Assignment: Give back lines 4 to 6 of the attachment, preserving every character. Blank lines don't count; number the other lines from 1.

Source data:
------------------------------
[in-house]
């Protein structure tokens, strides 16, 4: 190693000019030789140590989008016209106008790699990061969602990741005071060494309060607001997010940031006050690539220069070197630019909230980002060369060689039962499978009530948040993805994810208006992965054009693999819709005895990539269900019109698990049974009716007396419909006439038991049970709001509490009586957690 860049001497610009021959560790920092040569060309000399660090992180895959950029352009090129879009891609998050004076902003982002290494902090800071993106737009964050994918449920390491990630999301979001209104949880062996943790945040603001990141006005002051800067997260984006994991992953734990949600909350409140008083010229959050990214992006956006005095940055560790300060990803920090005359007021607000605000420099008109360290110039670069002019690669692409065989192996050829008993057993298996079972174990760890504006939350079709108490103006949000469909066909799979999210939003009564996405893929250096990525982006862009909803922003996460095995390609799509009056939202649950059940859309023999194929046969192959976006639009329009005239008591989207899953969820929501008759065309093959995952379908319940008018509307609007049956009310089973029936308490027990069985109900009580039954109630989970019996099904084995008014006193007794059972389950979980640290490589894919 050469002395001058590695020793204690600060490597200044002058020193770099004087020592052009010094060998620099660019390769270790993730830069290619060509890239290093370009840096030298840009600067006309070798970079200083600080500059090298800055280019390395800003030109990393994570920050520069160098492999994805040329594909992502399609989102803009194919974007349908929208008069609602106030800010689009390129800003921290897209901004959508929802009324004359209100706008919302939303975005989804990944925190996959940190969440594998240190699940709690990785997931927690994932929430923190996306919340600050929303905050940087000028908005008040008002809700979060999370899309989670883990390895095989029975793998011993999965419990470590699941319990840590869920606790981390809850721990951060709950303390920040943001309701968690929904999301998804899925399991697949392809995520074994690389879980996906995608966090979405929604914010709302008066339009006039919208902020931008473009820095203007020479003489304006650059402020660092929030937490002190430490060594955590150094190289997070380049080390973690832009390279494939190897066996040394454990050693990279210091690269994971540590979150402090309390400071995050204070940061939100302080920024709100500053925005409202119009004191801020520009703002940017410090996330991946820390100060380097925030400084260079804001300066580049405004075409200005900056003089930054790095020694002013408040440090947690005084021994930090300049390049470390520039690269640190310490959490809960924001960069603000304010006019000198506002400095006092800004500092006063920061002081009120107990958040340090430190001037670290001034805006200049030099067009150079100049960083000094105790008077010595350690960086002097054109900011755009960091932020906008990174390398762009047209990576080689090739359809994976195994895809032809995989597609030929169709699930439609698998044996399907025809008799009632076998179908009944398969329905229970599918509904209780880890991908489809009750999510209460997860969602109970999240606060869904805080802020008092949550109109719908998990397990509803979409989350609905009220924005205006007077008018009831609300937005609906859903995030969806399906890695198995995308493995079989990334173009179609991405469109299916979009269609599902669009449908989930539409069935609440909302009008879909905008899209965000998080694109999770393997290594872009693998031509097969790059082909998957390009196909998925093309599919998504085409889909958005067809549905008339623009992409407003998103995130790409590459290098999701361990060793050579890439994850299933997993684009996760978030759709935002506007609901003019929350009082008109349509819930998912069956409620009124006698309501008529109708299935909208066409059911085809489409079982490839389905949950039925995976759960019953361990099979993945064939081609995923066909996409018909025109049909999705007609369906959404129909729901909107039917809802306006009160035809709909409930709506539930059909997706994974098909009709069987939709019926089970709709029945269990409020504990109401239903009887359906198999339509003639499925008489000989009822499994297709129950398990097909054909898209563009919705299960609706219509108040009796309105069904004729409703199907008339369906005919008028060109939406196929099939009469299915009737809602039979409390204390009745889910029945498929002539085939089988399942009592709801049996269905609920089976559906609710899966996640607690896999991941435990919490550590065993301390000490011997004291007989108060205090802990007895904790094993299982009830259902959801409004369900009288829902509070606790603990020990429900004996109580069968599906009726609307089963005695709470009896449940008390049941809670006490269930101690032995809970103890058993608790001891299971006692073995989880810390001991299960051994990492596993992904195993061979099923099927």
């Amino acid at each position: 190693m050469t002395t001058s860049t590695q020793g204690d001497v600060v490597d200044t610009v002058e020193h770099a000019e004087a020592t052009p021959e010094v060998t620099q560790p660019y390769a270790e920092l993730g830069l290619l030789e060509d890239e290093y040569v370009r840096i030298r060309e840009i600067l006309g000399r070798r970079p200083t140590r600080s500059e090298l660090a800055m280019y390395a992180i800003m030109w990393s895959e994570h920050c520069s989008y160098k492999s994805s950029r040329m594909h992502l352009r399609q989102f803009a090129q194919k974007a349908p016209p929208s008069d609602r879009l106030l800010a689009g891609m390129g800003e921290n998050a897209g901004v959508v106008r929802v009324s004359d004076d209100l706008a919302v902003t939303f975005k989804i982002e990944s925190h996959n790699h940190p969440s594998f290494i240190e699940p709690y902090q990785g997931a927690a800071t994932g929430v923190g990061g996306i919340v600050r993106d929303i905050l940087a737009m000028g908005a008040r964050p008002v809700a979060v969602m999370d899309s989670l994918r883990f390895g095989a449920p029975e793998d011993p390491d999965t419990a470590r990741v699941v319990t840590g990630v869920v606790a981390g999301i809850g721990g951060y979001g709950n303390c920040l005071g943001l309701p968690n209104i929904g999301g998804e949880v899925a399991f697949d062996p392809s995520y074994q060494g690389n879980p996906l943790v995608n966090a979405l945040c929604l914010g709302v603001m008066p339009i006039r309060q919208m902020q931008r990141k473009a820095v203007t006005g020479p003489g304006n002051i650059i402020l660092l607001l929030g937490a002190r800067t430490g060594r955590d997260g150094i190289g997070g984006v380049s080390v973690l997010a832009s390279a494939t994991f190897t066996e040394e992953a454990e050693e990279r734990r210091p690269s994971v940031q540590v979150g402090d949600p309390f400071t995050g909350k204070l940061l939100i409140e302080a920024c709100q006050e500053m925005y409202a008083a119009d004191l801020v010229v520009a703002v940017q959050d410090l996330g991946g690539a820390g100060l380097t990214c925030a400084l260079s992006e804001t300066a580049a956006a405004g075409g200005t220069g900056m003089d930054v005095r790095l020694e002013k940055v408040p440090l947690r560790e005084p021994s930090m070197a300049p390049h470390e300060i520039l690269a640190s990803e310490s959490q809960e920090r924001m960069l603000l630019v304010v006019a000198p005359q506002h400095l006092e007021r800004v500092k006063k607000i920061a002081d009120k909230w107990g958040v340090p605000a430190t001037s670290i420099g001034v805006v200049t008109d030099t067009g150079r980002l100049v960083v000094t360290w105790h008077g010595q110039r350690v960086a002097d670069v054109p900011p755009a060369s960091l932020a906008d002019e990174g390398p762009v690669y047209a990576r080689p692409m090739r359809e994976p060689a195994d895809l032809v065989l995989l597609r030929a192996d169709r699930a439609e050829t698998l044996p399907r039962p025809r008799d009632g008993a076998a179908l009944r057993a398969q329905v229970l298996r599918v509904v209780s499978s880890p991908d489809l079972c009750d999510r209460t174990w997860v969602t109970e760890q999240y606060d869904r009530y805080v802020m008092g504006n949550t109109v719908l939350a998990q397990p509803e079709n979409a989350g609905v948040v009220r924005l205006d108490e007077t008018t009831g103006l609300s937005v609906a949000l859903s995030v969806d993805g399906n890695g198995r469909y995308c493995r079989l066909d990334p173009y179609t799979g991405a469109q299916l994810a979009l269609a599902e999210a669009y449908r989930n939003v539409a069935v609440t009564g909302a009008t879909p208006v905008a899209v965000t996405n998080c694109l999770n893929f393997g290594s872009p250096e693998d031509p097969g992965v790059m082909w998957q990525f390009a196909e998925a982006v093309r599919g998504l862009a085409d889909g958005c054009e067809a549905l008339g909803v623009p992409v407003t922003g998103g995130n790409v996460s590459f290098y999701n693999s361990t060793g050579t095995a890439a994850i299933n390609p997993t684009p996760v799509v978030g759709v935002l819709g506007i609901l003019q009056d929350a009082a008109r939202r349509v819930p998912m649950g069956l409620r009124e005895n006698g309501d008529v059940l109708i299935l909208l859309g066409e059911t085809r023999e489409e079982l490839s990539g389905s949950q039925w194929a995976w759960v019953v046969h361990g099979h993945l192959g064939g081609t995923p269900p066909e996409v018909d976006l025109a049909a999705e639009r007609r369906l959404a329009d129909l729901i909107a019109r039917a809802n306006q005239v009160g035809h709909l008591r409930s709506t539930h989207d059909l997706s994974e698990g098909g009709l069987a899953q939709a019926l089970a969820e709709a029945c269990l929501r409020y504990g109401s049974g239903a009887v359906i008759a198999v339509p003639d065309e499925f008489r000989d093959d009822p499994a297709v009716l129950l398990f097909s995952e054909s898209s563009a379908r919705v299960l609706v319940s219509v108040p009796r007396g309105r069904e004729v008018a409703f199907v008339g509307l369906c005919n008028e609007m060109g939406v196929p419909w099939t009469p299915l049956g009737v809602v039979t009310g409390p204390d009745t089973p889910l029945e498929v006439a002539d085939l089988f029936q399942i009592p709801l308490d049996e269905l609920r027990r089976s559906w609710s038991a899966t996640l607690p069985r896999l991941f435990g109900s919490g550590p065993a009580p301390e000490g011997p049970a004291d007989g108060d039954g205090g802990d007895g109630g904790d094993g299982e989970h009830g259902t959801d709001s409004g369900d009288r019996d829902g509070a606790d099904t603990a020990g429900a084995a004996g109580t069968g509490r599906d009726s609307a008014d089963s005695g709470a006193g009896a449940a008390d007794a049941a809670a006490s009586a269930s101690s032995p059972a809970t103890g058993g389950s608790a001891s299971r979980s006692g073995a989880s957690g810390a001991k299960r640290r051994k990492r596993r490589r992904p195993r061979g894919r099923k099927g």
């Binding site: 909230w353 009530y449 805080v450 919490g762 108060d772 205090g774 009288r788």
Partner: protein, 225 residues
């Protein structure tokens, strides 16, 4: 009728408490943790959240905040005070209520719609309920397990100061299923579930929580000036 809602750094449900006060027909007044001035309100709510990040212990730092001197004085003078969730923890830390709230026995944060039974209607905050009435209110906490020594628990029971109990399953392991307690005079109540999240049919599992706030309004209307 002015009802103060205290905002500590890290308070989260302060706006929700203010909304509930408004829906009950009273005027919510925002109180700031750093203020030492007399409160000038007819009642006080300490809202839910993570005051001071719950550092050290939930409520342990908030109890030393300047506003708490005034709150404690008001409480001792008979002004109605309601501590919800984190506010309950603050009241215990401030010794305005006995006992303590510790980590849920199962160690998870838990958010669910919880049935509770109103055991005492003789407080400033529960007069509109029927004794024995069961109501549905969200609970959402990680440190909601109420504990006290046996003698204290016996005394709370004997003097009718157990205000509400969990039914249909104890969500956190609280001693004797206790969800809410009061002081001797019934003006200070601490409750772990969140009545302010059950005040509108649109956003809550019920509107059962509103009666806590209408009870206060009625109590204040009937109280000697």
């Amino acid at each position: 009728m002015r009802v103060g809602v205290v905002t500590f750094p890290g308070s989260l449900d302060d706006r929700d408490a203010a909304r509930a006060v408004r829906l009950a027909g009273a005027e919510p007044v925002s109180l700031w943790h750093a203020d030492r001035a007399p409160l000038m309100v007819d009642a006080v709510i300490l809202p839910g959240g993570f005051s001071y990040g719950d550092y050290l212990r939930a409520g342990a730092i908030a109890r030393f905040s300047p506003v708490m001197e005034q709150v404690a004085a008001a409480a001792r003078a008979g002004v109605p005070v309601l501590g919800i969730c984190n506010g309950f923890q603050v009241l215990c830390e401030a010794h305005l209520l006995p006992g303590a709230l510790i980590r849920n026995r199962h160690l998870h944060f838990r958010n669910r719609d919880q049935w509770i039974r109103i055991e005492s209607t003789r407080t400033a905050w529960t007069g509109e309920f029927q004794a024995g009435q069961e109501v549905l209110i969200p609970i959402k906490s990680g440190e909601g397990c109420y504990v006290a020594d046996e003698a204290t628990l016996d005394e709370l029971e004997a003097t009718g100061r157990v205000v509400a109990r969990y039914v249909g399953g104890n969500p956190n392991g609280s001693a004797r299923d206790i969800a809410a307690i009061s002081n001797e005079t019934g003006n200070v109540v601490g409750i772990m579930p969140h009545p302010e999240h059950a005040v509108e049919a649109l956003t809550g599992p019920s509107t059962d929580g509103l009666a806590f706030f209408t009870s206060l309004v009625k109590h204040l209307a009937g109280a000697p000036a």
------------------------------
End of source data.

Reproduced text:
């Binding site: 909230w353 009530y449 805080v450 919490g762 108060d772 205090g774 009288r788």
Partner: protein, 225 residues
């Protein structure tokens, strides 16, 4: 009728408490943790959240905040005070209520719609309920397990100061299923579930929580000036 809602750094449900006060027909007044001035309100709510990040212990730092001197004085003078969730923890830390709230026995944060039974209607905050009435209110906490020594628990029971109990399953392991307690005079109540999240049919599992706030309004209307 002015009802103060205290905002500590890290308070989260302060706006929700203010909304509930408004829906009950009273005027919510925002109180700031750093203020030492007399409160000038007819009642006080300490809202839910993570005051001071719950550092050290939930409520342990908030109890030393300047506003708490005034709150404690008001409480001792008979002004109605309601501590919800984190506010309950603050009241215990401030010794305005006995006992303590510790980590849920199962160690998870838990958010669910919880049935509770109103055991005492003789407080400033529960007069509109029927004794024995069961109501549905969200609970959402990680440190909601109420504990006290046996003698204290016996005394709370004997003097009718157990205000509400969990039914249909104890969500956190609280001693004797206790969800809410009061002081001797019934003006200070601490409750772990969140009545302010059950005040509108649109956003809550019920509107059962509103009666806590209408009870206060009625109590204040009937109280000697």